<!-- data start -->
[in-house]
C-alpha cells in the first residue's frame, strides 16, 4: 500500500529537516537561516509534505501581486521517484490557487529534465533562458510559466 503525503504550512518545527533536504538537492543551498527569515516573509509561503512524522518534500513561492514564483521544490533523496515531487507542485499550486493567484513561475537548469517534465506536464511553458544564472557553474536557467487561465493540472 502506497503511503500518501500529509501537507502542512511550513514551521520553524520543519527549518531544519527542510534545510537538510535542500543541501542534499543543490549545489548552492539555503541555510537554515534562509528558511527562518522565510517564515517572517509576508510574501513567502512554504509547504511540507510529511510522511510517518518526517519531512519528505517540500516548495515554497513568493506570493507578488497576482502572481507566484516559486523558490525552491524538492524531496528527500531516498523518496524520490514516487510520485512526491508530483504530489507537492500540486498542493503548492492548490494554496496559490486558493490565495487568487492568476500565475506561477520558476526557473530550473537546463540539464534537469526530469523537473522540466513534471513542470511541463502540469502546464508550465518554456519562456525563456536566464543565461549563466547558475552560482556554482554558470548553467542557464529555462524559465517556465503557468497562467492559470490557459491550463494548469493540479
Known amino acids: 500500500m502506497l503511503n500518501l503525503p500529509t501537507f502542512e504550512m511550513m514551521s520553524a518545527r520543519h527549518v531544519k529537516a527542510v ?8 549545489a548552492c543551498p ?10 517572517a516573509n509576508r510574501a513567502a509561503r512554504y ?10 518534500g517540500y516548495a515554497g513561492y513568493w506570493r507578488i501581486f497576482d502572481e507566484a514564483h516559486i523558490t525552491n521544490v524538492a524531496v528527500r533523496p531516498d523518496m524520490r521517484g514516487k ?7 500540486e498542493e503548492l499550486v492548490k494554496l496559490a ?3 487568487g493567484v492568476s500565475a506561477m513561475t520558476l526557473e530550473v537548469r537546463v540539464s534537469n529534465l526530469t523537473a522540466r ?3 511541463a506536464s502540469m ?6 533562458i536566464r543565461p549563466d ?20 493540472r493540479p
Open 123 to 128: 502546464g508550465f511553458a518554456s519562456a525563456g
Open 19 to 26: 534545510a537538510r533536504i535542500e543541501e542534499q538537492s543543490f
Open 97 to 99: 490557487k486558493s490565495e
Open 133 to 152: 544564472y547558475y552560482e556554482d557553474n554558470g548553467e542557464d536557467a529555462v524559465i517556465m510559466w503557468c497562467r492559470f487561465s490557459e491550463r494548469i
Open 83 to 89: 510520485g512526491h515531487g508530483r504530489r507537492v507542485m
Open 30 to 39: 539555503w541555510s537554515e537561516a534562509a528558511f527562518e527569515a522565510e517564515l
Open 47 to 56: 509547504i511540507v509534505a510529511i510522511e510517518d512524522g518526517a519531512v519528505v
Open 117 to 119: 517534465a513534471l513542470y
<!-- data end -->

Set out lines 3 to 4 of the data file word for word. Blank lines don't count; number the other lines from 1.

Known amino acids: 500500500m502506497l503511503n500518501l503525503p500529509t501537507f502542512e504550512m511550513m514551521s520553524a518545527r520543519h527549518v531544519k529537516a527542510v ?8 549545489a548552492c543551498p ?10 517572517a516573509n509576508r510574501a513567502a509561503r512554504y ?10 518534500g517540500y516548495a515554497g513561492y513568493w506570493r507578488i501581486f497576482d502572481e507566484a514564483h516559486i523558490t525552491n521544490v524538492a524531496v528527500r533523496p531516498d523518496m524520490r521517484g514516487k ?7 500540486e498542493e503548492l499550486v492548490k494554496l496559490a ?3 487568487g493567484v492568476s500565475a506561477m513561475t520558476l526557473e530550473v537548469r537546463v540539464s534537469n529534465l526530469t523537473a522540466r ?3 511541463a506536464s502540469m ?6 533562458i536566464r543565461p549563466d ?20 493540472r493540479p
Open 123 to 128: 502546464g508550465f511553458a518554456s519562456a525563456g